Happy International Women’s Day everyone.
Today I’m pleased to be hosting an interview with author of Being Miss Nobody Tamsin Winter as part of the blog tour for #YAShot2018.
YAShot is the brainchild of author Alexia Casale and is a one day book convention taking place this year on April 14th. The theme for the programme this year is Human Rights and Being Miss Nobody is a perfect selection.
I have not been a very nice person
I have lied to a lot of people I know
I have done some bad things
All of these things I have done pretty much deliberately
…I am Miss Nobody.
Rosalind hates her new secondary school. She’s the weird girl who doesn’t talk. The Mute-ant. And it’s easy to pick on someone who can’t fight back. So Rosalind starts a blog – Miss Nobody; a place to speak up, a place where she has a voice. But there’s a problem…
Is Miss Nobody becoming a bully herself?
Interview with Tamsin Winter
What is selective mutism?
Selective mutism (SM) is an anxiety disorder which makes it very difficult or impossible for someone to speak in certain situations. In Being Miss Nobody, Rosalind can speak completely normally in front of her immediate family, and her slightly batty next door neighbour, Mrs Quinney. In front of anyone else she can’t say even one word.
What is the worst thing about having it?
Not being able to ask for help, not being able to make friends, not being able to express yourself freely. SM is a condition which makes so many situations incredibly difficult. During my research for Being Miss Nobody I read about a young girl with SM who broke her arm at school but was unable to tell anyone, and nobody noticed she was in pain. For Rosalind, the worst thing is the terrible bullying she experiences at school. She is known as the weird girl who can’t speak and, because she remains silent, the bullying goes (mostly) entirely unnoticed.
What is the most positive aspect of having it?
SM is an anxiety disorder which, believe me, is not very much fun! But, people who have anxiety are usually hyper-sensitive. I can remember being called sensitive like it was a bad thing, and I used to think so too. But now I don’t agree. Being sensitive means you have a high level empathy, that you experience emotionsdeeply, and that you know what it’s like to not find life very easy. An anxiety disorder is not exactly a party, but it isn’t a death sentence either. Living with a mental health condition can make achieving things really, really hard. But it doesn’t make it impossible. Rosalind finds an awesome friend in Ailsa, who accepts her condition, supports her and most importantly of all – shows her kindness.
One of our human rights is the right to freedom of speech and peaceful protest. How do you think Rosalind’s blog Miss Nobody fits into that?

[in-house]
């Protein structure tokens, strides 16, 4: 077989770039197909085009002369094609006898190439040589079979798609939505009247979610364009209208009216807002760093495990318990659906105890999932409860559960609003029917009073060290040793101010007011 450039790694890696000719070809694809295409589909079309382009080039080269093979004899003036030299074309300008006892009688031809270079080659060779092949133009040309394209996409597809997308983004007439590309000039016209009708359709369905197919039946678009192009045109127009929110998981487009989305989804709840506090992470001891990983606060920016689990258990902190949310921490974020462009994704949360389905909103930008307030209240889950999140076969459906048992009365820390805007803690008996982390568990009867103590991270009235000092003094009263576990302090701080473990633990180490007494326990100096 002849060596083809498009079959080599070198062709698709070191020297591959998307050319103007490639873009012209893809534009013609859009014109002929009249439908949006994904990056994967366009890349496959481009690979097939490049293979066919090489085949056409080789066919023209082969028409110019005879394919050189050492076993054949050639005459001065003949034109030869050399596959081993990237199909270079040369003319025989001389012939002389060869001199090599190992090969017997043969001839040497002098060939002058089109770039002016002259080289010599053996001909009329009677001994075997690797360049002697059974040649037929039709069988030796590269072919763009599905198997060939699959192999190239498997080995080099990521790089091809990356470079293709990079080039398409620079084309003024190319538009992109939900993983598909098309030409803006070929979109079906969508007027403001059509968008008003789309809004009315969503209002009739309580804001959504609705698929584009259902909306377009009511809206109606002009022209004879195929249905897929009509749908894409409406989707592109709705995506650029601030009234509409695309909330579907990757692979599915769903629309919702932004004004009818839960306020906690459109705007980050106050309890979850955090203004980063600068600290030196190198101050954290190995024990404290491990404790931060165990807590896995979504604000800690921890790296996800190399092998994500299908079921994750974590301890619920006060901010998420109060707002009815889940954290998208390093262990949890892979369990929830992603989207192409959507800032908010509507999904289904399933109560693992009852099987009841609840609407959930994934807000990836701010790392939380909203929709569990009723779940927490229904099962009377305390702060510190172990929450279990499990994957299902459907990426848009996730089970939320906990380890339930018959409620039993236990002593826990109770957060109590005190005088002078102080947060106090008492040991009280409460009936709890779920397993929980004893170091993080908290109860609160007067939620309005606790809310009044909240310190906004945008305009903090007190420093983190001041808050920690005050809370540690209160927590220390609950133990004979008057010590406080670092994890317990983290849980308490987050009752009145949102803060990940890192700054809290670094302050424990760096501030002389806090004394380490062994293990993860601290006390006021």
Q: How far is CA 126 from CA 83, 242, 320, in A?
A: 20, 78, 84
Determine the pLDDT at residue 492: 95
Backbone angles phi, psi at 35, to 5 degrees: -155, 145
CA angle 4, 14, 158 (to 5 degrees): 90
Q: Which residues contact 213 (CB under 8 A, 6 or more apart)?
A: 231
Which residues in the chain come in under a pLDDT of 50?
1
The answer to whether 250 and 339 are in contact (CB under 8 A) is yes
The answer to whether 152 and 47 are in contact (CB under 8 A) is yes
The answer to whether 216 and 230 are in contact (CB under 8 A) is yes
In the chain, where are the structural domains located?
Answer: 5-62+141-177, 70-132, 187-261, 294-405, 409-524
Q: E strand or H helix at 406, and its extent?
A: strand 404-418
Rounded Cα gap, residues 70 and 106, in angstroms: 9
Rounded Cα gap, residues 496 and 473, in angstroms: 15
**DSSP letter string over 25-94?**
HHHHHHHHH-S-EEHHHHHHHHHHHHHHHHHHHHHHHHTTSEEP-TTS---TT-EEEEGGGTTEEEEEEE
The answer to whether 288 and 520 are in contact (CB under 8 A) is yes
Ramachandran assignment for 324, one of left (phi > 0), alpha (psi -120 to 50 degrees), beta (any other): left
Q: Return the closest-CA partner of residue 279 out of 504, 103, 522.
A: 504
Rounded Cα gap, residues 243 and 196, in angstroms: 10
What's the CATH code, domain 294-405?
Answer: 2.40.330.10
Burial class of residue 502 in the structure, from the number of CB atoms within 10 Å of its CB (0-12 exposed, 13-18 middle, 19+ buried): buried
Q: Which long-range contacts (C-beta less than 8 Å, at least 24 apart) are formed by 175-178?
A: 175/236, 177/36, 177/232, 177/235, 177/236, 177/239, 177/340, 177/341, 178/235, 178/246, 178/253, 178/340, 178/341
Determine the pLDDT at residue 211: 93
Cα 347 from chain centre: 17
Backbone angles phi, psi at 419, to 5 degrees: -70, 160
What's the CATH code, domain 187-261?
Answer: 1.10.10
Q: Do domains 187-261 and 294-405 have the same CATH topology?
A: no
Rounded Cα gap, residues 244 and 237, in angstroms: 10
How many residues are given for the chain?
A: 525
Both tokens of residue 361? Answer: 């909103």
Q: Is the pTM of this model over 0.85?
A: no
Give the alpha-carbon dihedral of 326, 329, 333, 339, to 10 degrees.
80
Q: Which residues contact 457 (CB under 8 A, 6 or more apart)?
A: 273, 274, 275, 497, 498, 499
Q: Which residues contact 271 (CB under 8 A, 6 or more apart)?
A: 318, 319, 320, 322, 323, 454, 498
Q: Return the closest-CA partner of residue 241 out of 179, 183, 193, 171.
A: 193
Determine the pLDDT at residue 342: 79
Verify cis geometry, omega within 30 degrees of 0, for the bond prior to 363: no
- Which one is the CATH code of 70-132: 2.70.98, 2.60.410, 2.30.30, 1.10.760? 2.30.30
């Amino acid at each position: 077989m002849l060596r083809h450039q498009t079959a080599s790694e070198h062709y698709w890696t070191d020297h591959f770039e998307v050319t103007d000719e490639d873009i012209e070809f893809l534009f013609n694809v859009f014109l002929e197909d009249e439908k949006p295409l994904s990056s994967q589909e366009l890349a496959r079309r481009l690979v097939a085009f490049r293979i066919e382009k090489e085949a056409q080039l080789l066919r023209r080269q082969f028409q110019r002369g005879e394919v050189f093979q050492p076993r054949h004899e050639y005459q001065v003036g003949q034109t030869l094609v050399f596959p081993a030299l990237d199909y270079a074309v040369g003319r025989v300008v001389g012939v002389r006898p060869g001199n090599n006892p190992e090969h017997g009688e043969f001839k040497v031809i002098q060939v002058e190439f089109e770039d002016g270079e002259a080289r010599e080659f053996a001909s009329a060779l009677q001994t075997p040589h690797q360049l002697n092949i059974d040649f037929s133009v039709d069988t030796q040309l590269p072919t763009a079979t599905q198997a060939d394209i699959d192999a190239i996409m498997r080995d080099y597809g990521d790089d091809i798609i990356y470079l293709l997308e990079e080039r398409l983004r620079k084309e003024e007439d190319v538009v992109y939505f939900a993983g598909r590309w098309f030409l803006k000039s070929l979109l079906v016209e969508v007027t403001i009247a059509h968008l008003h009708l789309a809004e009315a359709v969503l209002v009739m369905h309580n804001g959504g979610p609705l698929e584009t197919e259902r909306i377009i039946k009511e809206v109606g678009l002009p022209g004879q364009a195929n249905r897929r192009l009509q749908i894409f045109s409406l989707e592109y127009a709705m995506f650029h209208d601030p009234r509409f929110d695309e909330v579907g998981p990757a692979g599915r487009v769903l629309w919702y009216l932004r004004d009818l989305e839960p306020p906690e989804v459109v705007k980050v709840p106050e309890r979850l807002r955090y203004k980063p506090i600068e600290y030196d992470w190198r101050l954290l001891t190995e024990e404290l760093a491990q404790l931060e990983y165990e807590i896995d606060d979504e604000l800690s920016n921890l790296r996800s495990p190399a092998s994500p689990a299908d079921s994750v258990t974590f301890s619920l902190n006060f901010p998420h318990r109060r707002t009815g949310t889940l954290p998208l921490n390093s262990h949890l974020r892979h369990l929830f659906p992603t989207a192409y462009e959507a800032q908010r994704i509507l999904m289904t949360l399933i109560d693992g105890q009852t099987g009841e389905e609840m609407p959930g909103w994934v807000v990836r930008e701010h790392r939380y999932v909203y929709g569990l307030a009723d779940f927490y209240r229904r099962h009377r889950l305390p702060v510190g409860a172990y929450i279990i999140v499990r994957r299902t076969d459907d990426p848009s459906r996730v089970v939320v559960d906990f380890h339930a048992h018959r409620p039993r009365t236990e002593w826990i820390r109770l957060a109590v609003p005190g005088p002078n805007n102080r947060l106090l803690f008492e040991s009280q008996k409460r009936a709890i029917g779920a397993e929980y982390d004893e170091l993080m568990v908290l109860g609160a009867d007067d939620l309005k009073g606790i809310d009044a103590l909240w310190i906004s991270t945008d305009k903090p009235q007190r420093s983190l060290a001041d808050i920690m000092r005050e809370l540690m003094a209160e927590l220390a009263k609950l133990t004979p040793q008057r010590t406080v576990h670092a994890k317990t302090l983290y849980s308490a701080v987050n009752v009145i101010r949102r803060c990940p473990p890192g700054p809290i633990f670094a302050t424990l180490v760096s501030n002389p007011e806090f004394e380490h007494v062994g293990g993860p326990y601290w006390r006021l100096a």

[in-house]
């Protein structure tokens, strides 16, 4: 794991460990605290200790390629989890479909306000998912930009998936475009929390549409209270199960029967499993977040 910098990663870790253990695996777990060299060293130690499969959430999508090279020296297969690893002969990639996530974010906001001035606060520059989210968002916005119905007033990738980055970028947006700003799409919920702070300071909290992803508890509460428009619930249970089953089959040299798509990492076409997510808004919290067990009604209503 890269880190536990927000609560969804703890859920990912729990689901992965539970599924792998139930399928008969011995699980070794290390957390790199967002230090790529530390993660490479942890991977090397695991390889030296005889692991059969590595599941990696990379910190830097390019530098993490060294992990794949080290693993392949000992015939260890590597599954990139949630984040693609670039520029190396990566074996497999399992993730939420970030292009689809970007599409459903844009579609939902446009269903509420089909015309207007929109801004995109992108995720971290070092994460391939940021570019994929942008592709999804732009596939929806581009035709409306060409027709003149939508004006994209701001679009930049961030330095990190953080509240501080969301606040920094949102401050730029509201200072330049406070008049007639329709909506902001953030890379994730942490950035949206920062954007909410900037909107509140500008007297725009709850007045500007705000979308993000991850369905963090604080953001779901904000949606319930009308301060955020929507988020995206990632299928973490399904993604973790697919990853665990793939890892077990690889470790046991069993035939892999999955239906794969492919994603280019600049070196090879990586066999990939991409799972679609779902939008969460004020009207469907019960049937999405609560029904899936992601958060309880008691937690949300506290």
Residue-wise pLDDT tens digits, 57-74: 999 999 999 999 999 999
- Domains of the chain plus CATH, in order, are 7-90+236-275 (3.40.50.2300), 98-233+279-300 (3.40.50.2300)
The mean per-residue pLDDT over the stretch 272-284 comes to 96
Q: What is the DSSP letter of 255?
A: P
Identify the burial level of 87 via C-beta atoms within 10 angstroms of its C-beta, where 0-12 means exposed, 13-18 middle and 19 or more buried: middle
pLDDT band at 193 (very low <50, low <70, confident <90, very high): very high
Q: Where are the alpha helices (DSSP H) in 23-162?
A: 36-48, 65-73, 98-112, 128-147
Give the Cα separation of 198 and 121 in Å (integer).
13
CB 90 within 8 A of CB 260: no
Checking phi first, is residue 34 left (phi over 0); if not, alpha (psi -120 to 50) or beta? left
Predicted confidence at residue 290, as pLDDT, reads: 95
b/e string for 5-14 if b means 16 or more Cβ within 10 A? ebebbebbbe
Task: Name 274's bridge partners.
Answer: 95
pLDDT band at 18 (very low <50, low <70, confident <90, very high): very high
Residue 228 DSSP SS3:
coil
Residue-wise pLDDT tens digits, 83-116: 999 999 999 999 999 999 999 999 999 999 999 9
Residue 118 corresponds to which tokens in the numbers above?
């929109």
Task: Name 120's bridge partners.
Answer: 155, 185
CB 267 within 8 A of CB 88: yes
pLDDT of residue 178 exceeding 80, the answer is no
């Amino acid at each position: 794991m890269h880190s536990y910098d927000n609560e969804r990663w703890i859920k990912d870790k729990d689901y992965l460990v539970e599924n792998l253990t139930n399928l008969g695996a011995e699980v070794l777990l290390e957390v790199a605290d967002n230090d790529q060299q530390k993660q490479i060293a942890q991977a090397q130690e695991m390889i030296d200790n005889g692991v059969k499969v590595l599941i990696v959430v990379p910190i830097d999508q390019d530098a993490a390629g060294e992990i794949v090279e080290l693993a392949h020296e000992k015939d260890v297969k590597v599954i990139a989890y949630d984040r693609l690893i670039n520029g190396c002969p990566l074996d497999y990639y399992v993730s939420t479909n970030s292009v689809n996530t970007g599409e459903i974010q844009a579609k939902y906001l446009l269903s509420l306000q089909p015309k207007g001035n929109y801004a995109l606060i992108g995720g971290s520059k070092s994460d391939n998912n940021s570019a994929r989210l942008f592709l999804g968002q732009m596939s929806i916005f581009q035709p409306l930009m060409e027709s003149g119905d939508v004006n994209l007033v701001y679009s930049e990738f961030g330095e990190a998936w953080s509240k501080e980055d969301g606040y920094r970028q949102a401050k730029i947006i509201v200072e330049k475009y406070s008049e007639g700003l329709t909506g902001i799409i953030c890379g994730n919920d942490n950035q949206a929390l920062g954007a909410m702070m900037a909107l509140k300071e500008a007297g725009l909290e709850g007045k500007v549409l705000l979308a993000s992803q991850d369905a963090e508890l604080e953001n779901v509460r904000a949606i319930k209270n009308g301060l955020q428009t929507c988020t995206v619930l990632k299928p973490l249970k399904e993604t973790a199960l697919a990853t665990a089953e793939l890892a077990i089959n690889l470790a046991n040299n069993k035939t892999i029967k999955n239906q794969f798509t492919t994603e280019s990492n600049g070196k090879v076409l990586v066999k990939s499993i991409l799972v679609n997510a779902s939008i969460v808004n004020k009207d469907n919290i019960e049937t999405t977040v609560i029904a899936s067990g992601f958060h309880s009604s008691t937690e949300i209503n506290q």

For Rosalind, her Miss Nobody blog is the only way she can speak out about what’s happening to her at school. She names the bullies and exposes them for what they are. She reaches out to other people who are being bullied, and she tells everyone exactly how it feels to be a victim of bullying. But she does all of this anonymously. Social media can be a wonderful way of speaking out but, as Rosalind discovers, it can easily spiral out of control.
Another right is the right to education. What would be your top tips to teachers and fellow students on helping someone with selective mutism to access school life?
The first step when teaching or communicating with a child who has SM is always acceptance of the condition. Accept that your student or classmate may not be able to respond through speech, but provide alternative ways for them to communicate their thoughts and ideas. Do not put them in a situation where they are expected to talk, or put under pressure to talk, as this will only make them feel more anxious. Do not exclude them from discussions or group work, instead find ways for them to join in. You have to be creative and you have to find out what will work for the individual student in your class because obviously, they are all different. Rosalind is given a set of cards she can use to signal different things like she needs help, or she needs the toilet, but she finds it very hard to use them at first because she doesn’t want to draw attention to herself. She is given a notepad by her teacher which she uses to have silent conversations with her classmate Ailsa. Many young people with SM get excluded from activities, so it is important to involve them in the lesson and in conversations, but allow them to express themselves without speaking. The absolute most important thing is to show them kindness. Living with a mental health condition is really hard, especially at school. It makes an enormous difference when people are kind.